Sarah Carney, National Technology Officer at Microsoft ANZ addresses all your questions and concerns about implementing an AI strategy and shares her advice on building a culture that supports AI.
What are the critical areas where businesses can benefit most from the implementation of AI?
At the moment, there tend to be three main categories where we see AI being applied to great effect:
- Chat with your data – using search and natural language to interrogate your existing systems to surface content and insights.
- Content generation – creating content from new product concepts through to short circuiting the R&D process through generative prototyping, content creation has leaped forward from just creating drafts for documents.
- Intelligent analytics – using the ability to pair natural language with structured and unstructured data, we see customers using the capability to derive insights into their business operations to enable better decision making.
Do you have any use cases to share? Any specific to Australian businesses?
There are loads of use cases, I’ve popped a few Australia ones below.
How can businesses foster an organisation and culture that supports AI? What steps need to be taken to ensure that support?
The key to building a culture that supports AI is to focus on agility. Having a space in which people can experiment and fail safely is critical to success. The most successful organisations we have seen are those that also have strong buy-in across their leadership teams. If leaders are the ones advocating for and demonstrating the use of AI, people very quickly align to the new direction.
Data security is a concern for many Australian businesses right now, how can AI support this? and is feeding AI data safe/what safeguards are in place?
The concerns around data security have been fed by the publicly available consumer focused tools and models. As with any technology, what businesses need to be looking at are commercial grade systems that have data security controls and functionality baked into them. No organisation wants to inadvertently expose critical data or proprietary IP, and so a system that leverages all your existing layers of access management and data governance is critical. If you are doing this, then you can absolutely connect your own data sources to a generative AI system to get real business insights and benefit. Consumer systems were designed for users to have fun with, not to perform business tasks, selecting the right tool will ensure business safety.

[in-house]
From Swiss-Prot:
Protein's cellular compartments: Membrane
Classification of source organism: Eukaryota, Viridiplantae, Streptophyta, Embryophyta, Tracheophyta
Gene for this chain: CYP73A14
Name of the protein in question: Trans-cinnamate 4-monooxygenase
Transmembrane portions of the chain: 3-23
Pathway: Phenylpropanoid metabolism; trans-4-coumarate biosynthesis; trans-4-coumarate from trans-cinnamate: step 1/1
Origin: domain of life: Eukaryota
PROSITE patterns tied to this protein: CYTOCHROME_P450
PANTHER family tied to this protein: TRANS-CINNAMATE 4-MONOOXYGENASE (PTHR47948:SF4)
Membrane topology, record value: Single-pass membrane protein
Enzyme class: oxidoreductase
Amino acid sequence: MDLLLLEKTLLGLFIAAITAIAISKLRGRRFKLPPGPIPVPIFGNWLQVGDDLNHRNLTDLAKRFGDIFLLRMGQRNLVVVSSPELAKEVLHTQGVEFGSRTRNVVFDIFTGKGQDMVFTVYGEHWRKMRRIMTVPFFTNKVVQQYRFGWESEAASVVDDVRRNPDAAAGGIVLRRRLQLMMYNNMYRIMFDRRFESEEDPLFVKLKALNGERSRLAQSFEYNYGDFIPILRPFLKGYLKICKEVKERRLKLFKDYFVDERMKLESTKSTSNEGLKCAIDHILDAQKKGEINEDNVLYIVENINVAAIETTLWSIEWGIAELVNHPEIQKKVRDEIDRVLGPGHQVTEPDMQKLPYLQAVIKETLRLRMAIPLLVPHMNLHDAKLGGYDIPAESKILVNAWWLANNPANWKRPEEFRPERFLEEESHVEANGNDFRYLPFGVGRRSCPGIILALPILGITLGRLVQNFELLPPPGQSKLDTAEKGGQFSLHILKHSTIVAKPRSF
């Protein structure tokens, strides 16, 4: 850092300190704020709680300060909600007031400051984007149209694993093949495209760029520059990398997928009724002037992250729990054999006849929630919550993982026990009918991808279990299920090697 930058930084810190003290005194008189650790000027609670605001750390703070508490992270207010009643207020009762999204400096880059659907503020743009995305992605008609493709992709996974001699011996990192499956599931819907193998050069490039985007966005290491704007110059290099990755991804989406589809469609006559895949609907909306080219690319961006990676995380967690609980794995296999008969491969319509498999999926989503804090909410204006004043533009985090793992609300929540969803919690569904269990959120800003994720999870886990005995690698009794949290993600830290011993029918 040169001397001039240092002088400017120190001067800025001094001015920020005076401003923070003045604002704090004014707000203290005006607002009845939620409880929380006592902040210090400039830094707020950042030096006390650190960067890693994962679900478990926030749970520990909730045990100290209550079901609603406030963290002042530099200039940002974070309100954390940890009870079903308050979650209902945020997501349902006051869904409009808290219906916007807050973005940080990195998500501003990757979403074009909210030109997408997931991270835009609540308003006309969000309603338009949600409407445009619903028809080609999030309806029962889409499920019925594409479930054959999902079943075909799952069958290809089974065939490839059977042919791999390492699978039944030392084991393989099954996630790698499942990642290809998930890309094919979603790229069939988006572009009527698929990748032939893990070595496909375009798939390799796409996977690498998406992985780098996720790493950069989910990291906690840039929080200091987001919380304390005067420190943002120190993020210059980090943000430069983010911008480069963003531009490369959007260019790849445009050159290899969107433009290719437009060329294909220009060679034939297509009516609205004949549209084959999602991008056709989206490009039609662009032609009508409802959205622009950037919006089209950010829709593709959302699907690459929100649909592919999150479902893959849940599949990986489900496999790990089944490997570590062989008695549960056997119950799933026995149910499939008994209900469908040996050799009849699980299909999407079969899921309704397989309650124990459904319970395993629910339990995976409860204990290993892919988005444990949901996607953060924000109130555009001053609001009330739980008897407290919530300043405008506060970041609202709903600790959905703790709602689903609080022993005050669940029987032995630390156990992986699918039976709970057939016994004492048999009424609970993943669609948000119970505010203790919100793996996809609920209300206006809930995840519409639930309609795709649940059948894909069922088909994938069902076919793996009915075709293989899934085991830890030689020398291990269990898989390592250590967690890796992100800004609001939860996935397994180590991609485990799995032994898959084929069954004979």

Where is AI heading in the next ten years in business use? Is it imperative to get on board now?
We have never seen the rate of change in terms of new technology adoption and innovation in the way we have over the last 12 months with generative AI. This rapid adoption means that employees are starting to expect to be able to use it within their day to day work, and customer expect their service providers to have it baked into the platforms they interact with. This means that for organisations that haven’t already started exploring this space, they are rapidly getting left behind. The biggest challenge with all new technologies is skills and generative AI is the same. Organisations that wait too long will have to fight for technical talent to help them catch up to their competition. As we move through the next 12 months we will see further innovation in this space where generative assistants can “talk” to each other, problem solve amongst themselves and provide critically thought out answers back to their users. We will naturally chat with the systems we use at work and at home to get things done and they will understand our individual context that will deliver personal results and insights.